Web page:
Leadership skills: “What part of ‘alone’ do you not understand?”

Motto: ‘I work alone’

Analysis: Alex Grant is a spy and an assassin. Not an intelligence officer. Not an agent. A spy and an assassin, pure and simple. There is no getting around that. That makes him dangerous because while he is definitely on the side of Light, he can very easily slip to the Dark Side, to borrow a popular phrase, without a qualm, and indeed has done so on more than one occasion. He has played so many roles down the years, though, and all of them psychopathic to one degree or another, that it is not always easy to discern who the real Alex Grant is. Even when he is Artemus Gordon Meriwether, that is not always apparent. That being said, Alex is a good man to have on your side when everything goes south in a hurry, assuming of course, you can actually keep him by your side….

Alex has made great strides in integrating and accepting his past, though I fear it will be an on-going process that will take years. His most recent NDE and subsequent confession has seemingly gone a long way in helping him come to terms with the seamier side of his life in the Agency, but the recent incident where Derek was injured, I fear, has caused a setback. And then there is his relationship with Felicity Coh…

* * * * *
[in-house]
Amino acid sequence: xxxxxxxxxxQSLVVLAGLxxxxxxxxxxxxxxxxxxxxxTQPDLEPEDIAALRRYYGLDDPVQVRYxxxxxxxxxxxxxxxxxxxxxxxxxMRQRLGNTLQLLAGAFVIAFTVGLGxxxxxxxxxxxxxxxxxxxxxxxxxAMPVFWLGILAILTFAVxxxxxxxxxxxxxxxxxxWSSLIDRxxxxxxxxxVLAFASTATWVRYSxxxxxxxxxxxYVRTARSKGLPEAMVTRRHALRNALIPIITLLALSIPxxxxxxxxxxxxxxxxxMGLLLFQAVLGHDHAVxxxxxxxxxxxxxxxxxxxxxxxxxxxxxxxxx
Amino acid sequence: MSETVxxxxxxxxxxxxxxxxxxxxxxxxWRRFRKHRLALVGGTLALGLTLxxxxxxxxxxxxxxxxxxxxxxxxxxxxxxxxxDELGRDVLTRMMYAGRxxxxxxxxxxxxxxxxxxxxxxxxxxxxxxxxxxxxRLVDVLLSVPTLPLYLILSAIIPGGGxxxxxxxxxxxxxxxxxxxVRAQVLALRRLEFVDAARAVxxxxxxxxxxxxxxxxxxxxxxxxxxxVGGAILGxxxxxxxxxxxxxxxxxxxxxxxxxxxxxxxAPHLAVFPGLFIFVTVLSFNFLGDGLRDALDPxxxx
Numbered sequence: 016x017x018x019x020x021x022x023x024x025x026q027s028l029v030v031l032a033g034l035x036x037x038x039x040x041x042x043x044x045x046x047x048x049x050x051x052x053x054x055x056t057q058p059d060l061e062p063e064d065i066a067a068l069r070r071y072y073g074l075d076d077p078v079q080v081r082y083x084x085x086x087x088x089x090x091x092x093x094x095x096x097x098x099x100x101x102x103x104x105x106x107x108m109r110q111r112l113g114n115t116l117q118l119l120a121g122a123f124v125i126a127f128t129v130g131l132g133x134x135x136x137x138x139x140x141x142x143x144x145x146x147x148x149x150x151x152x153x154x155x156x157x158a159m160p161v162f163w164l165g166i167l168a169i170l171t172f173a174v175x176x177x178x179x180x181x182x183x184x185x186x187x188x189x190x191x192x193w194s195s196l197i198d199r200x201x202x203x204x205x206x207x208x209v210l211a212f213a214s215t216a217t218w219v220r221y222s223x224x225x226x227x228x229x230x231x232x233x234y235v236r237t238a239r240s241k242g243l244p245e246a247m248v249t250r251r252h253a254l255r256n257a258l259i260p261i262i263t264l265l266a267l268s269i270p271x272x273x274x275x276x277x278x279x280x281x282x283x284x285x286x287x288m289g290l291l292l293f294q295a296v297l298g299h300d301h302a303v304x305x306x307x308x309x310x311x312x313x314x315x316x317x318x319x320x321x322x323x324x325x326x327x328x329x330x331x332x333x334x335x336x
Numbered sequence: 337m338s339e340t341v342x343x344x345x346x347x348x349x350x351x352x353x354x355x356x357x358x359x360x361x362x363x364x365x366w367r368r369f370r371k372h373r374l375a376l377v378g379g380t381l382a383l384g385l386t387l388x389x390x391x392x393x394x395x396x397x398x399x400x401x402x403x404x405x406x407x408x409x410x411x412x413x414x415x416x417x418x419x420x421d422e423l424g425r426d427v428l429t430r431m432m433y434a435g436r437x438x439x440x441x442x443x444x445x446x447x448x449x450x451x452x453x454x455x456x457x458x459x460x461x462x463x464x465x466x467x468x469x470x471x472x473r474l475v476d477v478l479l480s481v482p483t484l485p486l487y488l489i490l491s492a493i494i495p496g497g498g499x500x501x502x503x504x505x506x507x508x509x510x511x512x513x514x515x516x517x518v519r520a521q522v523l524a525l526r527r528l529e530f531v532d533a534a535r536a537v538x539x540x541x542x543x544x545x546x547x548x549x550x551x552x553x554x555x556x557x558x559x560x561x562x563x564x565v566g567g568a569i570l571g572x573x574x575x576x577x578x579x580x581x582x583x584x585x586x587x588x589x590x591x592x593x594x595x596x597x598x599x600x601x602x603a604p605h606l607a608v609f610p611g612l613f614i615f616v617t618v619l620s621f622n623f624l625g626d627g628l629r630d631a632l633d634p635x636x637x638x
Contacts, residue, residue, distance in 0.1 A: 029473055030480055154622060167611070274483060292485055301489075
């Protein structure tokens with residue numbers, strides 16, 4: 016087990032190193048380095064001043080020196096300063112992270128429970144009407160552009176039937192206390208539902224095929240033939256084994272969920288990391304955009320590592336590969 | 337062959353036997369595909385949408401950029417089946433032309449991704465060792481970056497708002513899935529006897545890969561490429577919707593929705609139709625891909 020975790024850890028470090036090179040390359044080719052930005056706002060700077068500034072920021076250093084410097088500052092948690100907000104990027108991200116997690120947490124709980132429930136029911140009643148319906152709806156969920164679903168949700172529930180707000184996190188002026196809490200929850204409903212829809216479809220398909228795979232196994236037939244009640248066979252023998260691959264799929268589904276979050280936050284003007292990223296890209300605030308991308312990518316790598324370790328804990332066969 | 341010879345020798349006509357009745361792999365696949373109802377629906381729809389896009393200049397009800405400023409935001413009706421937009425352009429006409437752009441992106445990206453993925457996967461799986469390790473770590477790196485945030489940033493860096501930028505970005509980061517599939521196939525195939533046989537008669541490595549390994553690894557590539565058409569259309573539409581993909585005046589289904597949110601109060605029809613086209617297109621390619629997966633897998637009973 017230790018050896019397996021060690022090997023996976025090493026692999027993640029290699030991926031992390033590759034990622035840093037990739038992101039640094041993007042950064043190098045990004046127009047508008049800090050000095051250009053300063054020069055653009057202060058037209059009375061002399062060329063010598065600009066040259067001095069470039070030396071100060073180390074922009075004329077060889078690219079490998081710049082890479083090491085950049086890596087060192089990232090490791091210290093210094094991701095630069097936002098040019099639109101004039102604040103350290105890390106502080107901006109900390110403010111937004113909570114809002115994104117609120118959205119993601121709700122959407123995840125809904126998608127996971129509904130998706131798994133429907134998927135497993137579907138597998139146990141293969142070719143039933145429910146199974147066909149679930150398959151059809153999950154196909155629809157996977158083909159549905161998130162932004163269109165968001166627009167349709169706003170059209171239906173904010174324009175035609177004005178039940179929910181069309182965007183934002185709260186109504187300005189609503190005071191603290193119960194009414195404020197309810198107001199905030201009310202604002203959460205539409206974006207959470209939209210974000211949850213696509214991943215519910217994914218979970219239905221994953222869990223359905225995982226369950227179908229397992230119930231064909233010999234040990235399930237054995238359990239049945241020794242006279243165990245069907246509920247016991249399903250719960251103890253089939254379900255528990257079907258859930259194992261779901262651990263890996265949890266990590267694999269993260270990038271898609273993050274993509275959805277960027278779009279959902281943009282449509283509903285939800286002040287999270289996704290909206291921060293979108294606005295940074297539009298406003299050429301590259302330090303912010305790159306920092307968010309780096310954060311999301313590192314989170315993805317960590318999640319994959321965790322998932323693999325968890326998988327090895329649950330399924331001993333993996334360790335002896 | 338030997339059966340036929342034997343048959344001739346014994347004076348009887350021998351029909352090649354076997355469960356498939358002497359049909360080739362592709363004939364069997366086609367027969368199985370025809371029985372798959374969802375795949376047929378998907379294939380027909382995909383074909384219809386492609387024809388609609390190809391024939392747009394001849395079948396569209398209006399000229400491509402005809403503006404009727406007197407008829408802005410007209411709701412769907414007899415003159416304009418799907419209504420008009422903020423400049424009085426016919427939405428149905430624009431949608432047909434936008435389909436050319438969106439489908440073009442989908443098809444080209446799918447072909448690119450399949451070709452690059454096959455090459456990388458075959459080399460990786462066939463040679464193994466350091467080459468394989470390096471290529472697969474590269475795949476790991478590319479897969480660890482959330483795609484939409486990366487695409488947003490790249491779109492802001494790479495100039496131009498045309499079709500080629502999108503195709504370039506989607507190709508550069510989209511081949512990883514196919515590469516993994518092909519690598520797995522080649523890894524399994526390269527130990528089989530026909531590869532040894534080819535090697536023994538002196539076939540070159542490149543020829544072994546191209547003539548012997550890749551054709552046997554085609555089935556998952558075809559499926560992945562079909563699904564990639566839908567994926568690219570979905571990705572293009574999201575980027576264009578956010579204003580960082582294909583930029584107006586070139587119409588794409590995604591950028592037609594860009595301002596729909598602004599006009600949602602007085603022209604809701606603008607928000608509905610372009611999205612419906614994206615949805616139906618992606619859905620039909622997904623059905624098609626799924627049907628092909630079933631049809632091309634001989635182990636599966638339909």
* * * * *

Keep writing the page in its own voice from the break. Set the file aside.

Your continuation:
Vorondur looked up at the knock on his office door to see Alex Grant smiling at him, and glanced at the clock to see it was just going on four. “Right on time. Come in, come in,” he said as he saved the file he was working on and closed it. “So, all set for your big adventure as a college student?”

Alex snorted good-naturedly as he sat in one of the overstuffed chairs in the corner of the office. Vorondur moved to join him. Over the months since he had first started seeing Alex, they had progressed from sitting across from one another at his desk in a definite doctor-patient relationship to sitting comfortably and casually in the overstuffed chairs as two friends conversing.

“Yeah, I’m all packed, or nearly so,” Alex allowed. “Derek is too. We’re subleasing the apartment and he’s going to stay down at the resort. It’ll be easier for him and less lonely.”

“How does he feel about you going to Fairbanks?”

“Oh, he’s happy enough, I suppose,” Alex answered with a diffident shrug. “And it’s just for the summer and I’ll be up when I can. There’s a short break between sessions around the Fourth, so I plan to come up for that.”